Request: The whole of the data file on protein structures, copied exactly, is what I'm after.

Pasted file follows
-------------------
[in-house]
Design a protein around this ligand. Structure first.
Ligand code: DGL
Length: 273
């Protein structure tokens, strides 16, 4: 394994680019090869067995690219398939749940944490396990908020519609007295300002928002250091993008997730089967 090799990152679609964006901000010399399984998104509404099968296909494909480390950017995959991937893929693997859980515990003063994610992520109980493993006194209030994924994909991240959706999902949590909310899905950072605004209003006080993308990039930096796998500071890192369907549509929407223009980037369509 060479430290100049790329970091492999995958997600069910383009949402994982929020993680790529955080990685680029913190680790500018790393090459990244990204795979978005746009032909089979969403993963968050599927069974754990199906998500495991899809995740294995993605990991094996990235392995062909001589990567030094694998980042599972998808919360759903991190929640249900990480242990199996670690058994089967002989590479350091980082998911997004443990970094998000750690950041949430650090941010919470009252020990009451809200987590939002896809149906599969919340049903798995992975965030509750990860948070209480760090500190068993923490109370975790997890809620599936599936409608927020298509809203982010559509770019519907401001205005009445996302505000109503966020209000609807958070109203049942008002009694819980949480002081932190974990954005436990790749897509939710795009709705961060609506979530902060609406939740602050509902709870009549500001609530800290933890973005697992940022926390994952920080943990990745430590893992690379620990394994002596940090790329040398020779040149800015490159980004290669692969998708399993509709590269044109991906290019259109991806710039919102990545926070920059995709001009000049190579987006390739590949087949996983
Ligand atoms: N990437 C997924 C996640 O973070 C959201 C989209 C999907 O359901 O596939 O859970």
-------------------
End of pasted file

[in-house]
Design a protein around this ligand. Structure first.
Ligand code: DGL
Length: 273
């Protein structure tokens, strides 16, 4: 394994680019090869067995690219398939749940944490396990908020519609007295300002928002250091993008997730089967 090799990152679609964006901000010399399984998104509404099968296909494909480390950017995959991937893929693997859980515990003063994610992520109980493993006194209030994924994909991240959706999902949590909310899905950072605004209003006080993308990039930096796998500071890192369907549509929407223009980037369509 060479430290100049790329970091492999995958997600069910383009949402994982929020993680790529955080990685680029913190680790500018790393090459990244990204795979978005746009032909089979969403993963968050599927069974754990199906998500495991899809995740294995993605990991094996990235392995062909001589990567030094694998980042599972998808919360759903991190929640249900990480242990199996670690058994089967002989590479350091980082998911997004443990970094998000750690950041949430650090941010919470009252020990009451809200987590939002896809149906599969919340049903798995992975965030509750990860948070209480760090500190068993923490109370975790997890809620599936599936409608927020298509809203982010559509770019519907401001205005009445996302505000109503966020209000609807958070109203049942008002009694819980949480002081932190974990954005436990790749897509939710795009709705961060609506979530902060609406939740602050509902709870009549500001609530800290933890973005697992940022926390994952920080943990990745430590893992690379620990394994002596940090790329040398020779040149800015490159980004290669692969998708399993509709590269044109991906290019259109991806710039919102990545926070920059995709001009000049190579987006390739590949087949996983
Ligand atoms: N990437 C997924 C996640 O973070 C959201 C989209 C999907 O359901 O596939 O859970």